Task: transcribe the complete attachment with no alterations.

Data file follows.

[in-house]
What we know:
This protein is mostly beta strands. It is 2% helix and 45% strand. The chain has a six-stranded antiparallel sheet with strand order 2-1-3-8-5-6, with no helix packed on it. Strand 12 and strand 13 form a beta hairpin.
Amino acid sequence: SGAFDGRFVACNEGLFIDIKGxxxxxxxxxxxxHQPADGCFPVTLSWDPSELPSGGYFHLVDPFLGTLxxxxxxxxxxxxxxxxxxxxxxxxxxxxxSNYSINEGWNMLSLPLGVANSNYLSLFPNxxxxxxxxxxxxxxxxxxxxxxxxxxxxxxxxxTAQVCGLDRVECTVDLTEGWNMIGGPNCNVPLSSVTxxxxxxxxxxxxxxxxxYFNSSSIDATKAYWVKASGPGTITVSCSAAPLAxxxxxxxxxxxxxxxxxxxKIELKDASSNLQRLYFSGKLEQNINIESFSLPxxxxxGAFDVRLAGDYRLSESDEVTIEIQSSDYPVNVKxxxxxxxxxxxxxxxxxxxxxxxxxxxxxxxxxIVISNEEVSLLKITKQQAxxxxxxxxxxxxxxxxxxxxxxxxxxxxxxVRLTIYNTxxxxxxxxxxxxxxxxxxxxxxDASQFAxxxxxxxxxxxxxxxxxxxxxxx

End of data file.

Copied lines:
[in-house]
What we know:
This protein is mostly beta strands. It is 2% helix and 45% strand. The chain has a six-stranded antiparallel sheet with strand order 2-1-3-8-5-6, with no helix packed on it. Strand 12 and strand 13 form a beta hairpin.
Amino acid sequence: SGAFDGRFVACNEGLFIDIKGxxxxxxxxxxxxHQPADGCFPVTLSWDPSELPSGGYFHLVDPFLGTLxxxxxxxxxxxxxxxxxxxxxxxxxxxxxSNYSINEGWNMLSLPLGVANSNYLSLFPNxxxxxxxxxxxxxxxxxxxxxxxxxxxxxxxxxTAQVCGLDRVECTVDLTEGWNMIGGPNCNVPLSSVTxxxxxxxxxxxxxxxxxYFNSSSIDATKAYWVKASGPGTITVSCSAAPLAxxxxxxxxxxxxxxxxxxxKIELKDASSNLQRLYFSGKLEQNINIESFSLPxxxxxGAFDVRLAGDYRLSESDEVTIEIQSSDYPVNVKxxxxxxxxxxxxxxxxxxxxxxxxxxxxxxxxxIVISNEEVSLLKITKQQAxxxxxxxxxxxxxxxxxxxxxxxxxxxxxxVRLTIYNTxxxxxxxxxxxxxxxxxxxxxxDASQFAxxxxxxxxxxxxxxxxxxxxxxx